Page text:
WIZARDS AND ACCOUNTANTS
1) a person who is skilled in magic or who has magical powers: a sorcerer or magician.
Now when you think of Wizards, you think of those guys with pointy hats, robes, and beards. Well, at least I do, but that is a side effect of reading fantasy and science fiction in my youth.
When I came here to Thriveal many years ago, the Yammer profile form asked for my title. I didn’t feel that Manager was an appropriate one for me, even though that was my job title. Well, I didn’t think it was a fun one, at least, so with a few minutes of contemplation, I typed ‘Wizard at Large.’ Silly? At the time. It was aspirational. But it mirrored one of my important beliefs at that time, now a core value:
Our craft was created for a higher purpose than what we are using it for today.
As a Manager, I will make sure we pump out that tax return, financial statement, or form that you need to avoid penalties and jail time. I will make sure my staff are well-organized and my partners are well-served.
As a Wizard, I could use my knowledge and my art to collaborate with others to achieve their goals and dreams. I could help the heroes of this world contribute to the betterment of humanity.
2) a person who is exceptionally good at something.
That describes all of you here today. Did you ever consider yourself a wizard? You should think about that a bit.
When I came here, I was just an accountant with the title of Manager.
Being here for a while, learning from and with others, studying, practicing, and thinking made me a Wizard. I do not care if we were debating things like the need for engagement letters, not billing by the hour, needing liability insurance and creating new business models that didn’t involve doing accounting work that sucked the life out of us: a lot of knowledge was shared and created in Yammer.
Knowledge can be magic, especially when applied artfully.
Part of the Wizardry is making sure we apply our knowledge in such a way that other humans value it and get some deeper knowledge or meaning from our work.
And the best news is, you do not have to do it alone. You are surrounded by those who are in the same shoes you are in….
We are a diverse community of firm owners, leaning on each other, learning from each other, and leading together as we lead clients.
Before joining Thriveal, I met a lot of other CPAs in my travels. Sharing and Caring are not two traits that I saw demonstrated a lot in the profession; in fact, I saw a crapton of the opposite.
A member who has left the profession to pursue another career path for a few years said to me last month, “I’m trying to find the Thriveal of the (insert profession) world, so far, I haven’t had any luck finding it.” When I describe to others what we have here, I get a lot of smiles and positive comments. This community is special.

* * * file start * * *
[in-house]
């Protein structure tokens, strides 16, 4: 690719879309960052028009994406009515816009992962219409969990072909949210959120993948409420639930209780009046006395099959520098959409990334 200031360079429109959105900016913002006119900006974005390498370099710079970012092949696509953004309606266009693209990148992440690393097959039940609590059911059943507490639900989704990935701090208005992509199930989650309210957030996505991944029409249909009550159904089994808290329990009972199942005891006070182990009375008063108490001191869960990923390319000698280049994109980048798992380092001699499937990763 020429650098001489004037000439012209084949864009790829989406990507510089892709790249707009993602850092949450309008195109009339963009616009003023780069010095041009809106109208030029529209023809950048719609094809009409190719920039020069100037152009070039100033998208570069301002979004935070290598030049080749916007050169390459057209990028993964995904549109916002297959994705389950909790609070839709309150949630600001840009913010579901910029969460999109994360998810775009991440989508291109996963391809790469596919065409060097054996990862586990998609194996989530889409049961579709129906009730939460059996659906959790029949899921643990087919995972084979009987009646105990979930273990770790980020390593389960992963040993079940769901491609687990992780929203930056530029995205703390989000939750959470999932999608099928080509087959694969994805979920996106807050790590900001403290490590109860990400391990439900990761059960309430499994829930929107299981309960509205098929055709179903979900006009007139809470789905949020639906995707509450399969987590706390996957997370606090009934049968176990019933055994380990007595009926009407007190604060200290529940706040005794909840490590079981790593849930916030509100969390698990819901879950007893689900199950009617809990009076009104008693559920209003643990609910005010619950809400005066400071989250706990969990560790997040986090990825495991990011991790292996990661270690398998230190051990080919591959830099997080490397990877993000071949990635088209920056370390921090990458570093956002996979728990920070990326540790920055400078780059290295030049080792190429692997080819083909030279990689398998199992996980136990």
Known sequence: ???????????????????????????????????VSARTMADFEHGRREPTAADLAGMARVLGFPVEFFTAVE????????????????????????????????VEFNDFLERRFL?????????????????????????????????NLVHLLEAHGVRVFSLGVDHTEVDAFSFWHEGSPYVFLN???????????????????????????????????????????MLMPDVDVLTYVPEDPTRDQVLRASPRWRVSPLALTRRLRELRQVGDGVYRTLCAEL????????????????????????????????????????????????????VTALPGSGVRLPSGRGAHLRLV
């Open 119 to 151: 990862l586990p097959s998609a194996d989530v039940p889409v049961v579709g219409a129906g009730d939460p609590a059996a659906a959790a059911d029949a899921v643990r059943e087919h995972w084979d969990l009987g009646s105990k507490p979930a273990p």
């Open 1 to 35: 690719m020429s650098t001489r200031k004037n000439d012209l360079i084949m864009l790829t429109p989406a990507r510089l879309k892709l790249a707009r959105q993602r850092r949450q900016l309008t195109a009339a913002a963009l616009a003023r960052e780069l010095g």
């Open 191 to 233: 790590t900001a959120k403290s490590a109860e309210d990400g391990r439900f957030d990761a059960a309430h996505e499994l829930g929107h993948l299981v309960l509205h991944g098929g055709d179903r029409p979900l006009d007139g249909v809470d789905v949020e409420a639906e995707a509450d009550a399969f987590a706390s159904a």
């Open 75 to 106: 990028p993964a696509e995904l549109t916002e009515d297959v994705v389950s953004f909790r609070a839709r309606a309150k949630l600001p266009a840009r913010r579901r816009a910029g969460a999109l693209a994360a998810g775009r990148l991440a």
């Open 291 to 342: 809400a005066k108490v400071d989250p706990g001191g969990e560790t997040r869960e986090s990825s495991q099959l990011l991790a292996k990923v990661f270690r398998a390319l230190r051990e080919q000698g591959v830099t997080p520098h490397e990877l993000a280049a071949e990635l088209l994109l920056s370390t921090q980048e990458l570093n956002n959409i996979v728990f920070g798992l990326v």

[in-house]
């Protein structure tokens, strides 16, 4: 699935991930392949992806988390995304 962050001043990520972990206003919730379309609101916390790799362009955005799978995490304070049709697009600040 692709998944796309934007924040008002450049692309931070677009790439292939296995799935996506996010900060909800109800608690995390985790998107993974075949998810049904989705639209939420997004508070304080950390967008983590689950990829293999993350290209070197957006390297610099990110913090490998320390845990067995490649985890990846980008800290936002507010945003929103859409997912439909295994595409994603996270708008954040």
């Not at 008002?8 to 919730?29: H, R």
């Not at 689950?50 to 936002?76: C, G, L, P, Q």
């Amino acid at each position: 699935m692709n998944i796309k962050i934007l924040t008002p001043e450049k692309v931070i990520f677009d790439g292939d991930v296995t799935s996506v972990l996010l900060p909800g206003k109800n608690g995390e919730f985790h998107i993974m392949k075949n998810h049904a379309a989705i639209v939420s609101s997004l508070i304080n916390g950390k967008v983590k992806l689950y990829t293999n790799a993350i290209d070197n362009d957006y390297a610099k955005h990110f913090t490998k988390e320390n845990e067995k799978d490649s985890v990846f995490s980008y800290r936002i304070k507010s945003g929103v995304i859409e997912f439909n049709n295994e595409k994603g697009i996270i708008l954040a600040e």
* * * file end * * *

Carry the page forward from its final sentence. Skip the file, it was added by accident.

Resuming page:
There are three things about this group that helps make us special (*Adrian Simmons, former member, and philosopher, coined two of these phrases):
Fear hates Community*: Before coming here, I felt alone. Knowing that there was something more our profession could do for the world, but surrounded by people who really did not care to explore that. I joined around the same day the Yammer platform was introduced to the community. I spent hours poring through all the comments/thought-sharing that happened here when we first began. Every bold move I made after that was easy, knowing I had a group of talented, caring, and collaborative individuals at my back. Next time you are afraid, share it here, you will find that your fear will be addressed with possibility and hope.
We recognize we are needed now more than ever: Accountants have the gift of being able to bring Order out of Chaos, being able to cut through large/expansive concepts to explain things in a way that our customers can understand. As the world continues to evolve and change at a rapid rate, what we need to provide changes as well and Thriveal is a place to learn, grow, and develop what those things are.
R&D in Accounting is what we are willing to invest in each other*: I have been blessed in my professional career with at least six or seven mentors in the twenty-four years that I have been practicing. When I talk to other CPA’s, and I mention that I had strong mentors, they laugh and say, “I wish I had” and it makes me sad. Here we get to mentor each other. Ask each other good questions, share innovative ideas, collaborate on new things and genuinely do so in such a way that makes each other better. Even when we disagree, we build each other up and that is important. You do not find this everywhere.
I always chuckle when someone says I am the OG in Thriveal. Even after twelve years, it does not feel like it. When Jason and Julie mentioned we were moving to another platform, I took some time to think about that on my walk that day. There have been a lot of voices in this place, lots of debates, lots of celebration and a share of sadness. If you have been here awhile, I would encourage you to take a moment and remember who you were before you got here, how far you have come and the things you will look forward to growing into in the future.
Community has always been important to humans. Good communities are not always easy to find. Communities where magic happens, well those are even rarer.
Keep leaning on each other, keep sharing the best ideas that you produce and most importantly keep having each other’s backs.
Someone recently asked me, “are you sad that Yammer is going away?” And after thinking about it, my answer was, “No.” There are a lot of stories, experiences, knowledge, and magic contained here that for many of us are invaluable. Its going away does not trouble me one bit.
Quite simply: A new platform gives us an opportunity to create more stories, experiences, knowledge, and magic that will serve us better in this season.
And that is exciting!
Looking forward to seeing you all there.